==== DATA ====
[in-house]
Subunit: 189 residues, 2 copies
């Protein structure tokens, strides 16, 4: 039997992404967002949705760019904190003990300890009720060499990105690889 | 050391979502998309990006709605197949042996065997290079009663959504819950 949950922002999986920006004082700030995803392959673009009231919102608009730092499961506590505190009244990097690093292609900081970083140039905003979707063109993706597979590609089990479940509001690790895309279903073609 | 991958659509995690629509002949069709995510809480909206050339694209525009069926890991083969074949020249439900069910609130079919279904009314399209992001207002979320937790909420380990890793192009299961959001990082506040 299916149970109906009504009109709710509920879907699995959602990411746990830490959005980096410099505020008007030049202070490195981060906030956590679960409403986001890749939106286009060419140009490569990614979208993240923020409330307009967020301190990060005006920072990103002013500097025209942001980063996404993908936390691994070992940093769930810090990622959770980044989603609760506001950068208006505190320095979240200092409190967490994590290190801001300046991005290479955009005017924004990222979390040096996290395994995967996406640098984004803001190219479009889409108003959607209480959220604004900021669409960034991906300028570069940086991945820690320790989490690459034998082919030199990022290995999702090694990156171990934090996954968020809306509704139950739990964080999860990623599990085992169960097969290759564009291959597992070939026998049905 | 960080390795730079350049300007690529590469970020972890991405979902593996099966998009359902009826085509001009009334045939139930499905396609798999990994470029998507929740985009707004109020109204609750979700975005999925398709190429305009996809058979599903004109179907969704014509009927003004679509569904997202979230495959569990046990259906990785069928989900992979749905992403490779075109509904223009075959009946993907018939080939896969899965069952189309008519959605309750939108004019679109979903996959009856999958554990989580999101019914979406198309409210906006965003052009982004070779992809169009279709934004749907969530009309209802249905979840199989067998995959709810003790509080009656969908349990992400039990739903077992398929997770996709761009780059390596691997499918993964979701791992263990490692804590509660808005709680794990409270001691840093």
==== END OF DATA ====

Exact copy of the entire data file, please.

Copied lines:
[in-house]
Subunit: 189 residues, 2 copies
């Protein structure tokens, strides 16, 4: 039997992404967002949705760019904190003990300890009720060499990105690889 | 050391979502998309990006709605197949042996065997290079009663959504819950 949950922002999986920006004082700030995803392959673009009231919102608009730092499961506590505190009244990097690093292609900081970083140039905003979707063109993706597979590609089990479940509001690790895309279903073609 | 991958659509995690629509002949069709995510809480909206050339694209525009069926890991083969074949020249439900069910609130079919279904009314399209992001207002979320937790909420380990890793192009299961959001990082506040 299916149970109906009504009109709710509920879907699995959602990411746990830490959005980096410099505020008007030049202070490195981060906030956590679960409403986001890749939106286009060419140009490569990614979208993240923020409330307009967020301190990060005006920072990103002013500097025209942001980063996404993908936390691994070992940093769930810090990622959770980044989603609760506001950068208006505190320095979240200092409190967490994590290190801001300046991005290479955009005017924004990222979390040096996290395994995967996406640098984004803001190219479009889409108003959607209480959220604004900021669409960034991906300028570069940086991945820690320790989490690459034998082919030199990022290995999702090694990156171990934090996954968020809306509704139950739990964080999860990623599990085992169960097969290759564009291959597992070939026998049905 | 960080390795730079350049300007690529590469970020972890991405979902593996099966998009359902009826085509001009009334045939139930499905396609798999990994470029998507929740985009707004109020109204609750979700975005999925398709190429305009996809058979599903004109179907969704014509009927003004679509569904997202979230495959569990046990259906990785069928989900992979749905992403490779075109509904223009075959009946993907018939080939896969899965069952189309008519959605309750939108004019679109979903996959009856999958554990989580999101019914979406198309409210906006965003052009982004070779992809169009279709934004749907969530009309209802249905979840199989067998995959709810003790509080009656969908349990992400039990739903077992398929997770996709761009780059390596691997499918993964979701791992263990490692804590509660808005709680794990409270001691840093």